I know she'd like me to take that kitten.   I can't.  I have no place for the three now in my bathroom.  Too many mouths to feed now and I don't get many donations.  I'm also not an adoption group.  I understand her dilemma very very well.

In other news, is of course another slaughter by psychotics, this time in France.  It upset me so greatly I quit the TV and just went to reading books unable to stand the sadness of it.

I also quit facebook for the same reason.  I didn't close my page, I quit posting, but have to have it there so I can keep up The Happy Cat Club page.  It wasn't terrorists from afar that caused me facebook angst, it was manipulation and snarky insults from people I either didn't know at all, on other pages, or barely know.

I don't need that.

Winter is indeed upon us.  I feel the dampness to my bones.   The drizzle and gray have affected my mood.  Oh to be a bear, and hibernate through the icky months.

10 comments :

  1. What a great photo of Tonka - those little tufts of hair on his ears are so cute... and what BIG eyes! Yeah.. sounds like you have your hands full, for sure.

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    1. I do have my hands full. Tonka is darling with those huge eyes and the ear tufts. At first I thought the black one to be a boy and maybe it is a boy. I haven't looked because he or she is the wildest of all and looking through black hair with bad eyes for sex---well I haven't done it yet. The smallish feet on black make me think it could be a girl.

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    2. The black kitten is a boy, I just checked and now has a name: Winter.

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  2. Love your cats.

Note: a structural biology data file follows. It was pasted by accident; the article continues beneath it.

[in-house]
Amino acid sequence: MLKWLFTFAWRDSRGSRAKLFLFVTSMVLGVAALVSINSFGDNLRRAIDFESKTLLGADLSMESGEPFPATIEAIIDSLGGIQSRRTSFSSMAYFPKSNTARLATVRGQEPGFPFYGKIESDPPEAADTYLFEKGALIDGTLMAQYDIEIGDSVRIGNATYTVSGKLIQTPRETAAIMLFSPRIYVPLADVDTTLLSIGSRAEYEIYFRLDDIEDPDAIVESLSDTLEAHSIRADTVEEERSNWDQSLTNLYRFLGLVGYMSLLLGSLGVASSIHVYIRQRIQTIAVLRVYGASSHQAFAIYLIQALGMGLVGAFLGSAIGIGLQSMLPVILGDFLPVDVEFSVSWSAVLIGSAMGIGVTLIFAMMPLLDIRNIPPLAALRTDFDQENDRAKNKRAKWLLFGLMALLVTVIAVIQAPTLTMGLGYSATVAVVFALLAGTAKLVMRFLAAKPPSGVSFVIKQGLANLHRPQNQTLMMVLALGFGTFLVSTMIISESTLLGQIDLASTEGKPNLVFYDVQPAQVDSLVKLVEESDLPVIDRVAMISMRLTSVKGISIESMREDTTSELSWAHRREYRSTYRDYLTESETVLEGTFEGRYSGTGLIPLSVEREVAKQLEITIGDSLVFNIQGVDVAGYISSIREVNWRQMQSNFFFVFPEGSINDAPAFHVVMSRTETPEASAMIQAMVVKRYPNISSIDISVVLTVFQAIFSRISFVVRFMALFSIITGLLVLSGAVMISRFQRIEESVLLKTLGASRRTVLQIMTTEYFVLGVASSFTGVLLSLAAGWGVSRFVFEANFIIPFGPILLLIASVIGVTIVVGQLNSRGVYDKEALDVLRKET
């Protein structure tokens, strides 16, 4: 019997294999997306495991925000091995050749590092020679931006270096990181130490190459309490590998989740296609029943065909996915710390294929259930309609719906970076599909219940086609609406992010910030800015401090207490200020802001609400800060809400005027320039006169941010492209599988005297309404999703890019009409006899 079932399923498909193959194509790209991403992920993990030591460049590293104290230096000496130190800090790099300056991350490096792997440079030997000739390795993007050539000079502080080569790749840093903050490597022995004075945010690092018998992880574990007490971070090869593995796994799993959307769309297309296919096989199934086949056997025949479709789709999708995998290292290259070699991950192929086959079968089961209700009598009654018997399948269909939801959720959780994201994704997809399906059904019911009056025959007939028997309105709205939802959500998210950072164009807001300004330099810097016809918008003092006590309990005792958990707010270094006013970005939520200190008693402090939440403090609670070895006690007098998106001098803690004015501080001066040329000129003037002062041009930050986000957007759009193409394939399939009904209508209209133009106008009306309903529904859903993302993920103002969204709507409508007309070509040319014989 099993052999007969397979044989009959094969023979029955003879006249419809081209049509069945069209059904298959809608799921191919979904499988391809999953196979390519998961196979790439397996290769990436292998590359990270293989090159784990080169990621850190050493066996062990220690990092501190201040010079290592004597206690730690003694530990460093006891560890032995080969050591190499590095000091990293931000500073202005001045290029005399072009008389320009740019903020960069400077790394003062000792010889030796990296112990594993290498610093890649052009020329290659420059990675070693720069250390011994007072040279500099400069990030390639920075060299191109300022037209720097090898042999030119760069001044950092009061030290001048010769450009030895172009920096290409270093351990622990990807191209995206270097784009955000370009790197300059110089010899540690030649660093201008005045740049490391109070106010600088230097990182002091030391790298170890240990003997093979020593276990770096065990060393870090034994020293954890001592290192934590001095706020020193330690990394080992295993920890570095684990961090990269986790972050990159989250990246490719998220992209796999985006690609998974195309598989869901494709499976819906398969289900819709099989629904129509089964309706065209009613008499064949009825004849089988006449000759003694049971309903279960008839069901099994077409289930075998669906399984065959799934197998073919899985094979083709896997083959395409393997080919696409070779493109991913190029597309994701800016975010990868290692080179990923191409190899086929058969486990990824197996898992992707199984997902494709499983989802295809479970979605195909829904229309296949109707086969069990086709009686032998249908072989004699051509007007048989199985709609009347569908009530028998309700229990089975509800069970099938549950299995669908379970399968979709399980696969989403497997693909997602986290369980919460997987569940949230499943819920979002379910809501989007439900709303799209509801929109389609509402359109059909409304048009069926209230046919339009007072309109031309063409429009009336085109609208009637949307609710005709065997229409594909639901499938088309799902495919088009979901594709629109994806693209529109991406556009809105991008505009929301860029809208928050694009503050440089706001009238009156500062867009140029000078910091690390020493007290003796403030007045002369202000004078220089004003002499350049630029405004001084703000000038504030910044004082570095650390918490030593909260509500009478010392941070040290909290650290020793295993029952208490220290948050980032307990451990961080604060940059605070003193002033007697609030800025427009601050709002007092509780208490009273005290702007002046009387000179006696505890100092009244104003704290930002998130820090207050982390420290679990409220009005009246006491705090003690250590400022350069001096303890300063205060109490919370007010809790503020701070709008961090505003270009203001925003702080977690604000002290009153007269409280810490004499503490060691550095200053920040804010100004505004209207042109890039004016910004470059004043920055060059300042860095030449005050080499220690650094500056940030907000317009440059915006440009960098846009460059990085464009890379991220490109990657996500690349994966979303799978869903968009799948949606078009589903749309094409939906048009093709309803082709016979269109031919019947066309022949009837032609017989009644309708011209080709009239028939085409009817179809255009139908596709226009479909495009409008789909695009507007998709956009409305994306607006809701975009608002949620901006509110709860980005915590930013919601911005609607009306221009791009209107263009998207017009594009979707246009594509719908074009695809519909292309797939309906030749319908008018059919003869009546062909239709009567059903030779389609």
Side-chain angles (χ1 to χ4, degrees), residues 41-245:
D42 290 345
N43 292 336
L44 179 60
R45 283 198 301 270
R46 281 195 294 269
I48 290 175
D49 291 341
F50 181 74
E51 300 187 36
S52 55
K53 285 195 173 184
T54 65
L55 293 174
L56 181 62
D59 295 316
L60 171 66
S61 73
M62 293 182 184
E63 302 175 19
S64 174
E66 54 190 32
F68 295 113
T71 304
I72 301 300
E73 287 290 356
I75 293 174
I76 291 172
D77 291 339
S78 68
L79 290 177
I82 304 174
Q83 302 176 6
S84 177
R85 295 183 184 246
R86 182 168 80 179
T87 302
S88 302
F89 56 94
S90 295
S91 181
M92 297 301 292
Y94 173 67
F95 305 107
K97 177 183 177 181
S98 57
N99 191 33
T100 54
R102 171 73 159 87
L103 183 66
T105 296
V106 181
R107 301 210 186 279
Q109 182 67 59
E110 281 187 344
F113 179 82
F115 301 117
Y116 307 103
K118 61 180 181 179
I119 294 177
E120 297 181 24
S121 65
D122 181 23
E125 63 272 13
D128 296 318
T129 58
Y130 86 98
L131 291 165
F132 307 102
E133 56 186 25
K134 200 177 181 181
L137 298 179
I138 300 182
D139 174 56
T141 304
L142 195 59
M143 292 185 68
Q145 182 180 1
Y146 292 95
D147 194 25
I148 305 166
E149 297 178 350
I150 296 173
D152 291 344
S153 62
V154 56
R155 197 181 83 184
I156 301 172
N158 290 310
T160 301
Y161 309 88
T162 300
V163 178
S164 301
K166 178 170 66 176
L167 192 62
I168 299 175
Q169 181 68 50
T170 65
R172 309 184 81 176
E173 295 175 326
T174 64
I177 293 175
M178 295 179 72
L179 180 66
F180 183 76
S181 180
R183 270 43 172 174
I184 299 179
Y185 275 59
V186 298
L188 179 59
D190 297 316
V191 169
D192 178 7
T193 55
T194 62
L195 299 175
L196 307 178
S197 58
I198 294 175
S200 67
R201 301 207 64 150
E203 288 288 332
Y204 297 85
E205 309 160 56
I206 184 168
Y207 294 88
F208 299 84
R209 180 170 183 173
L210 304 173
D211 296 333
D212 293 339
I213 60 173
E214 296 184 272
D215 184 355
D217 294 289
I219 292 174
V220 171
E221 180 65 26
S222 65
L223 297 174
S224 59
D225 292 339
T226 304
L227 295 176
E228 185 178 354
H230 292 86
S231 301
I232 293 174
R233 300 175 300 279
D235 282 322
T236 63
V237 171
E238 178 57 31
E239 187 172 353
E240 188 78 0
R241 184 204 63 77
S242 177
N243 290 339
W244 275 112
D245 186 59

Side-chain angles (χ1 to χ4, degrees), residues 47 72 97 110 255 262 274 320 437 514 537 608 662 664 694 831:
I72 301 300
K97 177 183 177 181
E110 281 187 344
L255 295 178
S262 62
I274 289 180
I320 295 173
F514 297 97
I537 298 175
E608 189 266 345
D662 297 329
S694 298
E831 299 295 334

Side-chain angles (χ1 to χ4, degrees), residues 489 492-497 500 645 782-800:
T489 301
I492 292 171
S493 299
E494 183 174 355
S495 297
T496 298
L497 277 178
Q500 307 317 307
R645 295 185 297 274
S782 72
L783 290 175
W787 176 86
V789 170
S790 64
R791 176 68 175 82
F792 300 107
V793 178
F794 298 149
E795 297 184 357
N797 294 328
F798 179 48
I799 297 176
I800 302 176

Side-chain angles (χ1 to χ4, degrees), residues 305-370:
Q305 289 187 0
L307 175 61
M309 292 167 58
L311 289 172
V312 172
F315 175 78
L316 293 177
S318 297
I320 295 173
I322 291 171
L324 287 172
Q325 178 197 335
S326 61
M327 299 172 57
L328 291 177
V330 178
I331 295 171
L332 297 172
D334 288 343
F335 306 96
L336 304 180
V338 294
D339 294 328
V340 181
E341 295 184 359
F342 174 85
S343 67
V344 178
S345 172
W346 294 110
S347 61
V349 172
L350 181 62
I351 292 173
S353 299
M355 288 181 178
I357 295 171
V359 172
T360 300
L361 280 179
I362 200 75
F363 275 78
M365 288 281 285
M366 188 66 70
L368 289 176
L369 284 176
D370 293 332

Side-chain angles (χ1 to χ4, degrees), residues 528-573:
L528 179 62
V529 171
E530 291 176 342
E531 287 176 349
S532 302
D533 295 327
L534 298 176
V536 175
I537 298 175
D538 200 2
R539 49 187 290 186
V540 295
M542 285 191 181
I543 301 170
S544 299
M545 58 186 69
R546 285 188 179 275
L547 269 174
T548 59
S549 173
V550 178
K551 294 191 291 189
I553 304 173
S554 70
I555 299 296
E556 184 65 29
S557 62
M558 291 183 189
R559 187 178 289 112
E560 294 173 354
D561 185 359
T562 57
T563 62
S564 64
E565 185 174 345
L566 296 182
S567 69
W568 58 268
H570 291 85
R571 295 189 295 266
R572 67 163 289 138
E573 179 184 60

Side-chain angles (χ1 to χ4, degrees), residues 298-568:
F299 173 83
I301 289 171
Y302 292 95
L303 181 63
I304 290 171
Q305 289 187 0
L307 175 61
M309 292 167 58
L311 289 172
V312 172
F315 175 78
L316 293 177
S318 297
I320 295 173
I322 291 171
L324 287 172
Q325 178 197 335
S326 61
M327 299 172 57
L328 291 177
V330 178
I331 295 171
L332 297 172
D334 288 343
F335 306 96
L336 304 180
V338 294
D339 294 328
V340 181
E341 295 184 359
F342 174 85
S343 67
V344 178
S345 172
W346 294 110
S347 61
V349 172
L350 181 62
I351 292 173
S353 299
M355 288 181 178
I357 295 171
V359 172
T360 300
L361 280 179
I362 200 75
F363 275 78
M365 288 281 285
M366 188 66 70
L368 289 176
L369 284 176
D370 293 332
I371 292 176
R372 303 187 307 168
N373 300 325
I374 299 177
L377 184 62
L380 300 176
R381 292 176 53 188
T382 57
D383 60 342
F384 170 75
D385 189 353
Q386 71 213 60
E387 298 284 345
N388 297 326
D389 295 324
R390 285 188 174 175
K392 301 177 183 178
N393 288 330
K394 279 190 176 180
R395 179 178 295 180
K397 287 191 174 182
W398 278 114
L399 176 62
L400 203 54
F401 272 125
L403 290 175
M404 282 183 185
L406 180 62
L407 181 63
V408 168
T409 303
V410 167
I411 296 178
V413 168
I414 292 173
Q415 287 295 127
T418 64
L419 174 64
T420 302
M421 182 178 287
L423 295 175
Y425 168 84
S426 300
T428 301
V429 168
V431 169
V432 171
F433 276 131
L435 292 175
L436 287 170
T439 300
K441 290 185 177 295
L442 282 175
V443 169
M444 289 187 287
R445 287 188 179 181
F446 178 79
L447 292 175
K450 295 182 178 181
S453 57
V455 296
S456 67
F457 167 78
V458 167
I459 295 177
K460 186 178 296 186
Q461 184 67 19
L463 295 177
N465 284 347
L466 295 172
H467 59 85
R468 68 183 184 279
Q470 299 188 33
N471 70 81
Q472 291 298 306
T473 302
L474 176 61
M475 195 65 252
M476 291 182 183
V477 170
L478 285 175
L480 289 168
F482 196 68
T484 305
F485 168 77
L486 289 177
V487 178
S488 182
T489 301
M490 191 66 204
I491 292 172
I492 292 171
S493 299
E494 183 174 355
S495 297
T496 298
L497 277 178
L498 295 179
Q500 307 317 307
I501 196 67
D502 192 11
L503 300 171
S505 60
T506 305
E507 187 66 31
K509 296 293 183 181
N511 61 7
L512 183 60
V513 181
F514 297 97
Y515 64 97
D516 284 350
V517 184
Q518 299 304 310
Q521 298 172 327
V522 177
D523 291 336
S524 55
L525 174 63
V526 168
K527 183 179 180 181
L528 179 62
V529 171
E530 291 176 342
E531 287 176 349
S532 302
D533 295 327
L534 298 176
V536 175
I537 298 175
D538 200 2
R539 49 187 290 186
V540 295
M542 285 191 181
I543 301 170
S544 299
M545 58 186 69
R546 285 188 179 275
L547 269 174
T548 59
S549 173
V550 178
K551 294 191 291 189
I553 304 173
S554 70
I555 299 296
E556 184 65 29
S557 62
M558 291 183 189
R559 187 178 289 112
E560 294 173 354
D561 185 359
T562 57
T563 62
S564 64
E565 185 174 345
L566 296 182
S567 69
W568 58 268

And hope you find solutions to the kittens soon.
    Pest species? Who introduced them without thought for the impact they would have? The same people who label them pests. They are surviving as best they can. As we do. And probably cause less damage than we do too. Climbing down from my soap box now.

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    1. "THE English Sparrow was first introduced into the United States at Brooklyn, New York, in the years 1851 and '52. The trees in our parks were at that time infested with a canker-worm, which wrought them great injury, and to rid the trees of these worms was the mission of the English Sparrow." The prior I copied from a bird site about how and when the English or House Sparrow was brought to America.

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    2. The Mourning Dove is a native species, sometimes called the Turtle Dove too. But their prolific breeding, sometimes six nests per year, has expanded their population to estimated over 500 million until most people think of them nearly the same as pigeons.

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  3. Chickadees are too cute to be called a pest. :)

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    1. I'm thinking that too! Around here, wineries label most birds pests and kill birds in large numbers as do seed warehouses. And yet people still blame cats for most bird deaths. Poor kitties and mine just like to watch them. I was out at a friends house. She has two old fat boy strays she feeds on her porch. There were birds flicking within inches of them. I say "What?" to my friend, because it was a bit pathetic. The birds knew they could harass the boys too. They nary raised a paw or even reacted. She said it had been going on for years, that they're just too lazy to even defend their own cat food..

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  4. Bless you and your efforts. The world can be such a difficult place. I hope you are having a well deserved good day.

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    1. Thank you Darla. Yesterday was terrific, today will be the same.